A HERO bus driver saved a schoolboy’s life when a bottle top got stuck in his throat on the way home from school.
Quick-thinking Peter Edmundson was driving the 69-seater Richardson’s coach, which was full of Manor College of Technology pupils, when 13-year-old Daniel Hainsworth started to choke on a bottle top he had been chewing on.
The 63-year-old pulled over in Station Road, in Greatham, and ran down the gangway to Daniel’s aid. He grabbed hold of the youngster, who was by this point gasping for breath and turning grey, and hit him between the back of the shoulders.
Then he leaned Daniel over the seat, put his arms around him and performed the Heimlich manoeuvre, sharply pulling his hands just underneath the panic-stricken pupil’s ribs.
Peter’s actions meant the bottle top dislodged itself in Daniel’s windpipe, enabling him to take shallow breaths until ambulance paramedics arrived and rushed him to the University Hospital of North Tees.
Today Peter, who has been a bus adriver since 1980 and worked for Richardson’s for the past 15 years, modestly told the Mail that he did not think his actions were heroic.
The dad-of-two and grandad-of-one, from the Rift House area of Hartlepool, said: “I was just glad to have been able to help, it’s part of the job.
“It’s after the event that you think, ‘what have I done?’.
“Every two years the company sends the drivers on a first aid course and I’ve never had to use it in 15 years but it just came to me and I knew what to do. At the time I was just hoping that it cleared and thank God it did.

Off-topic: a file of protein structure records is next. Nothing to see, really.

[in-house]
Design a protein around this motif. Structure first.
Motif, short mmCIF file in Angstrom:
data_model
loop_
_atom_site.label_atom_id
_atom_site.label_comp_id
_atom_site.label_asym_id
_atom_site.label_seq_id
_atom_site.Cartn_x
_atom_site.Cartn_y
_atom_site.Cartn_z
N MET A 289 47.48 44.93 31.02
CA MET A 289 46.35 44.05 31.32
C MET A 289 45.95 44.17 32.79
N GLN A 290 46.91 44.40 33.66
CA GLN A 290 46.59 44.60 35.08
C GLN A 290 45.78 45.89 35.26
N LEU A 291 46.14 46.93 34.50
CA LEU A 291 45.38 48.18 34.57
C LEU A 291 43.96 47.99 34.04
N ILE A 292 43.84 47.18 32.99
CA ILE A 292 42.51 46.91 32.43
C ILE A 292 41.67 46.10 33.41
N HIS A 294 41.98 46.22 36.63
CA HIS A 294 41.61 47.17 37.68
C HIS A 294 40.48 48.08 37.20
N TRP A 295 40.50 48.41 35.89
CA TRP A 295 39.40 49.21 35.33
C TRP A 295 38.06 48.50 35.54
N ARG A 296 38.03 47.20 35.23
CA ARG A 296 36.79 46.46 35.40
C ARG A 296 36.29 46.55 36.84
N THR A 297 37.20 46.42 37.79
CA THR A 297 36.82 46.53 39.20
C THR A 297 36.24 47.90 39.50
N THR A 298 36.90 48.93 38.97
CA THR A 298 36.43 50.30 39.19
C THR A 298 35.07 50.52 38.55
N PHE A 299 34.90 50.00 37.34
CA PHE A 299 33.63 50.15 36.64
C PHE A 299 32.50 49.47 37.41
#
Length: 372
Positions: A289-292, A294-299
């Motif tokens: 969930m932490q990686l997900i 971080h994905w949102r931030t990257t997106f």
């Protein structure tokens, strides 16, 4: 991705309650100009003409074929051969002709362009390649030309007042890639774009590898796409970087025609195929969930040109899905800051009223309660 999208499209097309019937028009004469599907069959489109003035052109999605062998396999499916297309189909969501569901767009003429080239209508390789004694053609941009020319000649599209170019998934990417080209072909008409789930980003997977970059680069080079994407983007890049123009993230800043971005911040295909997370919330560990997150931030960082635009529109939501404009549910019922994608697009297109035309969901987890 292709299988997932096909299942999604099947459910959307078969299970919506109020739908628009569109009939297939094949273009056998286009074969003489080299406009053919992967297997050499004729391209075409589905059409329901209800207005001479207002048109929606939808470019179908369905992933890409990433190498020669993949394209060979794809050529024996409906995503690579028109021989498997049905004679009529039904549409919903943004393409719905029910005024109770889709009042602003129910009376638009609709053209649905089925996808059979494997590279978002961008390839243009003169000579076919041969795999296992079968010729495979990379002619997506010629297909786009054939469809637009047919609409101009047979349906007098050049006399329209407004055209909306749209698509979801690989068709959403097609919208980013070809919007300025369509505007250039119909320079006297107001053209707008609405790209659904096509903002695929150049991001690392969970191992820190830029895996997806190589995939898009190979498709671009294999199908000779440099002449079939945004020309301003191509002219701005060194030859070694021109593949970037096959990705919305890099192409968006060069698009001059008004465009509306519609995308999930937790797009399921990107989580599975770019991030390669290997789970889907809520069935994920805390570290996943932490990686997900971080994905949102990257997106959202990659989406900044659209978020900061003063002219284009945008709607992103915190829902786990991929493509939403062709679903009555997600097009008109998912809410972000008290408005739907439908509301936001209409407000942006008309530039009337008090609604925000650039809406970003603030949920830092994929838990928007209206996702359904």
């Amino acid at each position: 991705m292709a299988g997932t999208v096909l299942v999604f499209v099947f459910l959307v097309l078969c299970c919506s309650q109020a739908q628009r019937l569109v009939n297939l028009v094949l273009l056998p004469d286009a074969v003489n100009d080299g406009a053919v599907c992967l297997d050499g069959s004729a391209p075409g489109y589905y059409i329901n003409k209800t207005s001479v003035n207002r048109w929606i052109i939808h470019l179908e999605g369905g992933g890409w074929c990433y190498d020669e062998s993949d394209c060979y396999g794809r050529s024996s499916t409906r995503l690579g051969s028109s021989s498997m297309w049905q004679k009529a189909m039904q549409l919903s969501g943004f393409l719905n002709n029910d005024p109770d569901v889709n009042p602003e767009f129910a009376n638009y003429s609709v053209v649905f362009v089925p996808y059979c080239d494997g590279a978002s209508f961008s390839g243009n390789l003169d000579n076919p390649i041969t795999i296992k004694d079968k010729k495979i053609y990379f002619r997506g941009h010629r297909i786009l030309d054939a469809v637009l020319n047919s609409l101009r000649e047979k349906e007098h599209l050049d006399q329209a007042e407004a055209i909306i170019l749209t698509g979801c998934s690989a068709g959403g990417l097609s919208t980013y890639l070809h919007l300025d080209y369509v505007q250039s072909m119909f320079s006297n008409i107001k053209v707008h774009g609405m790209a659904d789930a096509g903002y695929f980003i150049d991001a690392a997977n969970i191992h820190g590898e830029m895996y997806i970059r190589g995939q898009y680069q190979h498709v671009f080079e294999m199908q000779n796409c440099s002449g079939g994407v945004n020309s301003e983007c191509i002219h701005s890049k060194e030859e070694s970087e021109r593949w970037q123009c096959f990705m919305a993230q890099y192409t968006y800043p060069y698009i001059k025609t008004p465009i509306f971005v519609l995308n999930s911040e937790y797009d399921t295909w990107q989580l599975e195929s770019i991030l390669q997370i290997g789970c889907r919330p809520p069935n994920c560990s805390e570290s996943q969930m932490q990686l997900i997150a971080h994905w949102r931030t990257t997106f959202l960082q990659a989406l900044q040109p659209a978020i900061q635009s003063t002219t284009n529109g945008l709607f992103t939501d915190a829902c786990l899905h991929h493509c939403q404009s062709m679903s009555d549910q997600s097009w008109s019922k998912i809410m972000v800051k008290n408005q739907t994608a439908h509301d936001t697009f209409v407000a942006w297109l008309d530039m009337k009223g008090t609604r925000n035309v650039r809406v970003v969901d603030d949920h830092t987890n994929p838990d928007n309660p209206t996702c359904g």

“I couldn’t get him to spit it out but I got him breathing again.”
He added: “If I hadn’t been trained I wouldn’t have had a clue what to do and it might have been too late, he could have died easily.
“If it hadn’t dislodged then he wouldn’t be here today.”
Daniel’s mum Elaine Hainsworth, 50, a civil servant, said she could not thank Peter enough and branded him a “hero” for saving her son’s life.
The mum-of-six, of Ripon Close, off Seaton Lane, said: “Thank God for his presence of mind and for the speed that he got to Daniel to help him, because this could have been a very different story. He’s a little hero.
“When Daniel got home from hospital last night I said to him, ‘you do realise that Peter saved your life’.”
Elaine said Daniel had been chewing on the white plastic top when he started to laugh with his friend and the bottle top shot down his throat.
And she hopes the drama will teach Daniel a lesson as she is always having to tell him to stop chewing on things.
“I’ve lost count of the times I’ve said to him, ‘one of these days young man you’ll choke’. I just hope now he learns his lesson, and that other kids take notice,” she said.
Despite the near-death experience, Daniel was back at school today, and when he climbed aboard Peter’s bus this morning, he handed the lifesaving driver a Thank You card and a box of chocolates.
Peter was also praised by his boss Dave Richardson, who owns the Oxford Road-based family-run firm.
Dave said: “I’m just happy that Peter was able to put into practice what he has been trained, and the story had a happy ending.
“It could have been so much worse for Daniel and everyone at the firm is delighted he is back at school.
“It has been a difficult couple of days after the report about some of the buses on the school run in Hartlepool not being roadworthy, and while none of our buses had any defects whatsoever after those checks, I’m sure parents will be happy to hear that all of our drivers are fully trained in first aid should anything like this happen again.”